When you bought software, you used to always have a tome called the “User Manual” that accompanied it and would either have to plod your way through parts of that tome in order to figure out even the most basic functionality of the software or you would curse and growl as you guessed at how to make it do what you wanted.

Even as a content developer, I don’t miss those days.

Now I see a large trend to writing more intuitive software, software that doesn’t need a tome just to get started. This is a good thing, in general.

But I also see a move toward not providing any documentation in the belief that the software is so simple, it’s not needed.

In some cases, I think this is okay, especially for entertainment or game software. The potential cost is usually very minor – like the user losing a game or being offered a recommendation that doesn’t suit the user. But in cases where the software is business-related and has the potential of real-world costs associated with incorrect usage, I think this can be a mistake.

There are a couple of reasons why I believe this:

  • I would want to be sure that I entered or set up the software correctly so I know the software has the right inputs from which to base its actions. It’s difficult to tell this without any documentation.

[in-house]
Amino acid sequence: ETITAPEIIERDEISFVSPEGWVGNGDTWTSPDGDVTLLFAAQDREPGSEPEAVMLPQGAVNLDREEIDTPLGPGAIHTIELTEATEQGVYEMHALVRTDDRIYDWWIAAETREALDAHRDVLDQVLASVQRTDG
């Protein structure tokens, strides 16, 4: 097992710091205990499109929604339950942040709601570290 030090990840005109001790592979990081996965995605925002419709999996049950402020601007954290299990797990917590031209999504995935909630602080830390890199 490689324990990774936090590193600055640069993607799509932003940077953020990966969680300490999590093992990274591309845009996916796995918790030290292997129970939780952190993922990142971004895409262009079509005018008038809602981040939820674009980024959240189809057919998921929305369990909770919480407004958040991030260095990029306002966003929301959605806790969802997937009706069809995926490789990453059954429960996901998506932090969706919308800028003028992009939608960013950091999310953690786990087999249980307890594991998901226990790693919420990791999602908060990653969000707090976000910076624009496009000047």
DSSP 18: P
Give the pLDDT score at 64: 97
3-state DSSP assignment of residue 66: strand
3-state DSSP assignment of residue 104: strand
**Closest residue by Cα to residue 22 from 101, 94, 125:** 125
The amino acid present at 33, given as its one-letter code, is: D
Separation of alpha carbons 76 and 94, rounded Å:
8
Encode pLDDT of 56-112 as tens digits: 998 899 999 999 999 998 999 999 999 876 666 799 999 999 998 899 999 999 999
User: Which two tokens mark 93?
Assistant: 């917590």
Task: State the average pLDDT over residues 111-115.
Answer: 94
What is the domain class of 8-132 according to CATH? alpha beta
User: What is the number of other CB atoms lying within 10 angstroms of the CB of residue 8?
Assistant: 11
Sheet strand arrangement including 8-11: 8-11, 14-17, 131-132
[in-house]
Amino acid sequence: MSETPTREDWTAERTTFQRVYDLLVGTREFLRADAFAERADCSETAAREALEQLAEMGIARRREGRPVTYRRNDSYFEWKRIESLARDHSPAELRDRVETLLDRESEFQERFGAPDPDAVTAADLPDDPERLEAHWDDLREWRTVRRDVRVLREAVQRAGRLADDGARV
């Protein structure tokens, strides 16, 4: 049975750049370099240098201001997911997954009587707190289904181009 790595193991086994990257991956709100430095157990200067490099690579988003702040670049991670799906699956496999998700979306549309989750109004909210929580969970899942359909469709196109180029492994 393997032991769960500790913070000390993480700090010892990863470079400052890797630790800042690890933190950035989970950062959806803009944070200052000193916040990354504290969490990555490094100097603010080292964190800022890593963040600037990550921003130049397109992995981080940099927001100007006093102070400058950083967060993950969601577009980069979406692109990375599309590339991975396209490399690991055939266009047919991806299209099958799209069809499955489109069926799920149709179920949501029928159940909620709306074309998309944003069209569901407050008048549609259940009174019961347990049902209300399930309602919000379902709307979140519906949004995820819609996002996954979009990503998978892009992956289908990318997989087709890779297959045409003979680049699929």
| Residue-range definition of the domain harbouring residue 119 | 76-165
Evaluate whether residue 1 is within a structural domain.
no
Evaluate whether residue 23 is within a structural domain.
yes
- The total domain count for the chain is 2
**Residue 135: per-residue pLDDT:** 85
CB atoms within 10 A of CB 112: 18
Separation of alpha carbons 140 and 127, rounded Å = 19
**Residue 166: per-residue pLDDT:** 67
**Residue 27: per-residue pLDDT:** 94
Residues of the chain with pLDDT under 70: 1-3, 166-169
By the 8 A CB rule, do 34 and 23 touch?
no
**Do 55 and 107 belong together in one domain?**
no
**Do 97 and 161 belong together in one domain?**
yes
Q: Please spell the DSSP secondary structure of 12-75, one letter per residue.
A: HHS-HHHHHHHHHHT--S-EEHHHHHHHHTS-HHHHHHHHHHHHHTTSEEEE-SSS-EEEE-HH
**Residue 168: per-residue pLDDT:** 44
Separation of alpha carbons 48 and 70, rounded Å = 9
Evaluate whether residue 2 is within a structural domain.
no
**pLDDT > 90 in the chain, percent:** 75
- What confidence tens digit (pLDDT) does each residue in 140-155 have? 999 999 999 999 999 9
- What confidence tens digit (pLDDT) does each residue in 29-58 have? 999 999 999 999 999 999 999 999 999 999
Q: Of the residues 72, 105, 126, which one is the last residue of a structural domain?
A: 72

• I would want to know how the software is making decisions or why it is taking actions. Especially in the case of money-impacting transactions, I wouldn’t trust that the magic happening behind the curtain is the right magic unless I had the ability to understand what it is, even if the formulas or algorithms are proprietary. Without any documentation, this remains PFM (Pure Fricking Magic).
  • What is “simple” to one person is not necessarily simple to another. There may be cases where something that is obvious to someone used to the software is not to me and I need a way to get more information if I need it.

There is usually a place for a getting started document, at the very least. After that, it pays to consult the actual users of the software. Do they want a comprehensive user manual? Do they want multi-media content? What are they looking for? What do they need when new features come out? What are their preferences?

It doesn’t have to be a tome, though. There are often small pieces of documentation that can be provided to the user that they can opt to read that will help them better understand what the software requires, what the software does and why. These can play a part in giving the users confidence in the software as well as provides the information required if they want to double-check the software. Sometimes a short video can make all the difference to users.

But, like the movement to simpler software, I do advocate that content should be simple and as easy to understand as possible. There’s no need to use huge words when plainer language will do. There’s no need to have huge, long explanations if you can create a simpler way to convey the same information. Content should only be as complex as it needs to be in order to provide the value it needs to.

In some cases both the engineering and content teams need to step back and ask themselves not just whether the software NEEDS documentation but whether some users would WANT documentation.